Communion dog

communion wafers

source: ashleyfitzpatrick.com

–And in a moment of weakness… I prayed to the Virgin Mother to soothe Charly’s soul in his hour of suffering.
–You understand an animal has no immortal soul.
–I understand, mon pere.
–Yet you flout God’s law.
–I’m weak and a sinner.
–What else?
–Impure thoughts…. The woman who runs the chocolaterie.
–Vianne Rocher?
–She suggested I buy chocolate seashells… for the widow Audel. And, well… I guess that got me to thinking about the widow Audel.
–At her age? At your age?
–Yes. And yes.
–And just what were you doing in a chocolaterie during Lent?
—It was for Charly.
–Again you flout God’s law.
–Well, but if Charly has no soul… then there’s no harm in him breaking Lent. Isn’t that so, mon pere?
(from Chocolat)

When I saw this story in today’s news, I couldn’t help but remember the above confessional scene.  Apparently, an Anglican priest offered a man and his dog the communion wafer.  The priest explained it as an act of welcome for a man who was not a regular member of the church and thought nothing of the dog.

Most members of the congregation, it seems, were charmed by the act, but at least one was offended enough to file formal complaint and leave the congregation entirely.  Apparently the church offers yearly services for animals, so I’m not sure how much this “act” really departs from the church’s normal activities…

So I guess I don’t understand the issue?  It’s not like anyone involved was considering the dog’s immortal soul, and the act made the man feel more welcome.  If welcoming him and his dog brings him into the arms of the church, isn’t that a good thing?  Isn’t Christianity driven in part by the hope of converting everyone?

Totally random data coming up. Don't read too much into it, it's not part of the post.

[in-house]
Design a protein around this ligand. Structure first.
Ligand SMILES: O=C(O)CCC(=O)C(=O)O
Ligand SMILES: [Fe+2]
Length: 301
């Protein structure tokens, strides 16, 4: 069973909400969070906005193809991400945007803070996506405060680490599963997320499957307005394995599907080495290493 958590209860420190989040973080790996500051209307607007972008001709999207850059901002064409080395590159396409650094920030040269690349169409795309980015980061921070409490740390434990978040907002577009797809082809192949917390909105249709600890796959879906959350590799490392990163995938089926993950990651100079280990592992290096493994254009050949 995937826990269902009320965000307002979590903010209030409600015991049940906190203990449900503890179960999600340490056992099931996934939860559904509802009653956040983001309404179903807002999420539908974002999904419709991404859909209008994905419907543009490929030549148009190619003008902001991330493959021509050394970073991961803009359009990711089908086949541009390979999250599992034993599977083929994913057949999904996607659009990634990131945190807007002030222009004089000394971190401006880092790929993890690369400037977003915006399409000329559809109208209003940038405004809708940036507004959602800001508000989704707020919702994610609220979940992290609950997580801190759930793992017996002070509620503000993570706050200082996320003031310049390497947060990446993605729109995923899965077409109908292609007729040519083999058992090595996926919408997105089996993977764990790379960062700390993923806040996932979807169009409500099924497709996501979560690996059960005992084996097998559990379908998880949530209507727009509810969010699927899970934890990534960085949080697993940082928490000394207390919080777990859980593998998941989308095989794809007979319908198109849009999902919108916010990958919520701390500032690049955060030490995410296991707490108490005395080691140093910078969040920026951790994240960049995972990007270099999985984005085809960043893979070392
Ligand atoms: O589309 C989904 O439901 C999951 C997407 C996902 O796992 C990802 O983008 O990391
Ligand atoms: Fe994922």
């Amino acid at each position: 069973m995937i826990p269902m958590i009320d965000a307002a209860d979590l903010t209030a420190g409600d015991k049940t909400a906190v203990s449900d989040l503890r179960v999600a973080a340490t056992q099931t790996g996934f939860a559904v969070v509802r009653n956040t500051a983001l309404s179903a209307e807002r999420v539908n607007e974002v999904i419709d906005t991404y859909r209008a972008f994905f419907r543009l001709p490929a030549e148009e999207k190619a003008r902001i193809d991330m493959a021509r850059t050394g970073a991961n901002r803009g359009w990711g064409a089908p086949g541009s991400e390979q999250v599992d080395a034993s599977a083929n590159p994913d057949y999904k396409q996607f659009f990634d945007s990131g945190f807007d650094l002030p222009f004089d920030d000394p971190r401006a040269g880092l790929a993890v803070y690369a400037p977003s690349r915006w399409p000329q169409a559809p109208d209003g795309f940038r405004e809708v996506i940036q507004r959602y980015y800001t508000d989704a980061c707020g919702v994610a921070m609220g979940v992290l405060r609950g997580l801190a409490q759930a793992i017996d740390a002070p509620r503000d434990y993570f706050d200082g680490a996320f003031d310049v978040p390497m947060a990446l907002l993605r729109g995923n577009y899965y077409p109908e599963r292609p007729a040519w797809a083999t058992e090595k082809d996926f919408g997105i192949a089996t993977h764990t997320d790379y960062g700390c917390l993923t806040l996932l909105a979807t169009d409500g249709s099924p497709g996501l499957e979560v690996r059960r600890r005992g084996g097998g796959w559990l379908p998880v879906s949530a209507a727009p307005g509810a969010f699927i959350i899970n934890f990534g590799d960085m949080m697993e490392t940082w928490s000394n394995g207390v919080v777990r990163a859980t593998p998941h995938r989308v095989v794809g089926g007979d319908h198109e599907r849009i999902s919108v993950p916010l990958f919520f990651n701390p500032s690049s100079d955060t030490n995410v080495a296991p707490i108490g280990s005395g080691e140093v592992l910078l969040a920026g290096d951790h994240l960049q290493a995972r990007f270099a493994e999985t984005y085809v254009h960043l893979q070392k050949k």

Is it really so terribly offensive?  After all, doesn’t the true meaning of communion lie within the heart and soul of the receiver, moreso than in the largely symbolic wafer itself?

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Comments
2 Responses to “Communion dog”
  1. I agree with you wholeheartedly. As a former Catholic, I can understand where the offended person came from, meaning that the wafer once consecrated is considered the body of Christ. However, I think that sometimes we get caught up in religious traditions and rituals instead of caring for the person itself. I’m not 100% sure of this, but I suspect Jesus was not offended by the dog eating the wafer and actually celebrated the man’s attempted to join the faith. My two cents.

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